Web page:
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Tanker market outlook – strong fundamentals and geopolitical disruption

Strength in the fundamentals of the tanker market are seen in the coming year as the sector continues to benefit from geopolitical turbulence and resulting disruption.

In the fourth part of our shipping market outlook series we are focusing on the tanker sector with Maritime Strategies International (MSI) Analyst Tim Smith. Looking back at 2023 for the tanker sector he notes there have been massive swings in spot earnings across different markets but there has been an elevation in the overall strength of earnings which continued into Q4 of the year.

You can listen to the full interview as a podcast in the player above

Smith highlights that the tanker sector is heavily influenced by policy and geopolitical developments. This has included OPEC+ views on cuts in production, the US lifting sanctions on Venezuela, overlayed on the backdrop of the Russia – Ukraine conflict. This has resulted in huge disruption to the oil markets, redistributing cargoes and stretching global trade routes to the benefit of the tanker sector.

“It doesn't look like that kind of turbulent backdrop from a geopolitical standpoint, and a policy position is going to change in 2024, and I think the tanker market tends to benefit from that disruption, and certainly has done or did in 2023,” Smith says.

Demand growth in 2024

MSI is expecting a slowdown in oil demand growth in 2024. The rebound in Chinese demand after the lifting of Covid restrictions is starting to slow. There is also the background of OPEC+ cuts and tightening supply. Smith also sees the market as coming to the end of the runway in terms additional benefits of the rerouting of Russian crude and the alternative sourcing of crude and products in regions such as Europe. “That stretch factor might ease off in 2024,” he says.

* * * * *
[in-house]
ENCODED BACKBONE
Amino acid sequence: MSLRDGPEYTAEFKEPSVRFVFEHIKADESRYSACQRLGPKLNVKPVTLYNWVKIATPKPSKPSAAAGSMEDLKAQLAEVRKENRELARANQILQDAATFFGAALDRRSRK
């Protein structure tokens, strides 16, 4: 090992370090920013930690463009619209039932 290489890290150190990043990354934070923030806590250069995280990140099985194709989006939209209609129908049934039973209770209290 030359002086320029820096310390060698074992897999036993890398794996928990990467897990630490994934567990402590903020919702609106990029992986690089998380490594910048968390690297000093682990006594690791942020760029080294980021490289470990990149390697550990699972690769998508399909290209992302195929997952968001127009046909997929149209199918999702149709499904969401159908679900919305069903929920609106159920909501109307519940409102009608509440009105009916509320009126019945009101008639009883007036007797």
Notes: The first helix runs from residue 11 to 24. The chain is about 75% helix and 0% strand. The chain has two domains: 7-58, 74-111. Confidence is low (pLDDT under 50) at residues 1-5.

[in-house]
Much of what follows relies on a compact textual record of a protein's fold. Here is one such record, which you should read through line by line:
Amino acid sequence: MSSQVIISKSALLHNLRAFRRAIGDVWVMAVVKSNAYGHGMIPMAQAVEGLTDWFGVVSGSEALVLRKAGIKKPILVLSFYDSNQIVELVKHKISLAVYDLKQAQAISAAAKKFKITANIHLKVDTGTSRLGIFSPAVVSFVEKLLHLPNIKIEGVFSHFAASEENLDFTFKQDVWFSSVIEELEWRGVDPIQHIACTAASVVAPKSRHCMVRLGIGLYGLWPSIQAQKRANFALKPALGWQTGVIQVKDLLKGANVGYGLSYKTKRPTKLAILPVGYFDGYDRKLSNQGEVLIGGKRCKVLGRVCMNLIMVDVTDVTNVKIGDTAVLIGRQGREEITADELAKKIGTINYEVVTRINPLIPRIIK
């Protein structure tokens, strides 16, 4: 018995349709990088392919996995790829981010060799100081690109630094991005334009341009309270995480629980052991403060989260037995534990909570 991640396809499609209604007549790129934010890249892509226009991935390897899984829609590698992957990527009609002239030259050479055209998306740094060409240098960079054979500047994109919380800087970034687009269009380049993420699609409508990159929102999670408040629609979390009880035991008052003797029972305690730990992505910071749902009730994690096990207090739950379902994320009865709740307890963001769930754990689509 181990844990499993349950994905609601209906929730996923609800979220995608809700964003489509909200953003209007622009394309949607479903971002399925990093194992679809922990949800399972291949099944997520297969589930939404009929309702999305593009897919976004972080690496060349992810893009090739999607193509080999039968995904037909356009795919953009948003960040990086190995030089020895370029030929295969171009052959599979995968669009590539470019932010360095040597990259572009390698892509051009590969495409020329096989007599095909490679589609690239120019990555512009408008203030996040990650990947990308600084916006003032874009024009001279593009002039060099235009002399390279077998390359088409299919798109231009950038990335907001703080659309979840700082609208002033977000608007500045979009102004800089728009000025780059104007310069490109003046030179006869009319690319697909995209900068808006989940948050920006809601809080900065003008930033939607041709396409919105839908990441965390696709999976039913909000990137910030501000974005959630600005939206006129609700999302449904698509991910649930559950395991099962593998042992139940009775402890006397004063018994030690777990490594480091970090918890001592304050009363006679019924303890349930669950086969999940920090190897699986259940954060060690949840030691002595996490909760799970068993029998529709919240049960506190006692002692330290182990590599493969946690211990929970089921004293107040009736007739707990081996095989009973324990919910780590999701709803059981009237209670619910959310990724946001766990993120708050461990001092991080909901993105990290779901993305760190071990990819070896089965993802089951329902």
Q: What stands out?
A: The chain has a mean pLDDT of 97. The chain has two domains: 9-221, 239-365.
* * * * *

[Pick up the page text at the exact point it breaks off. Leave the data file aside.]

Tanker supply growth in the year ahead

Last year saw very low deliveries for tankers with just 15 million dwt of new tonnage delivered versus a previous five-year average of around 25 – 30 million dwt. This year will see the lowest level of deliveries since the 1980’s with 8 million of new tonnage and just two VLCCs expected to be delivered.

Although tanker ordering did pick-up in 2023 and is expected to continue it will take some time for that tonnage to materialise. Alongside that scrapping volumes are expected to rise having been “negligible” in 2023.

Rates forecast

“We expect though that market will moderate in 24, but remain relatively robust in terms of earnings levels,” Smith says. Charter rates are expected to see a 10% - 15% reduction but this will depend on the segment with VLCCs being relatively stronger than other markets. For Aframaxes and Suezmaxes, which have experienced “incredibly elevated earnings” mSI sees more potential downside in 2024.

Looking at the spot market he comments: “From a spot market perspective, which typically more volatile than time charter rates, we might expect to see a bit more in terms of the drop on an annual average basis between ‘23 and ’24.” He stresses that rates will remain high in a historical context, and they are talking about a moderation rather than a dramatic drop.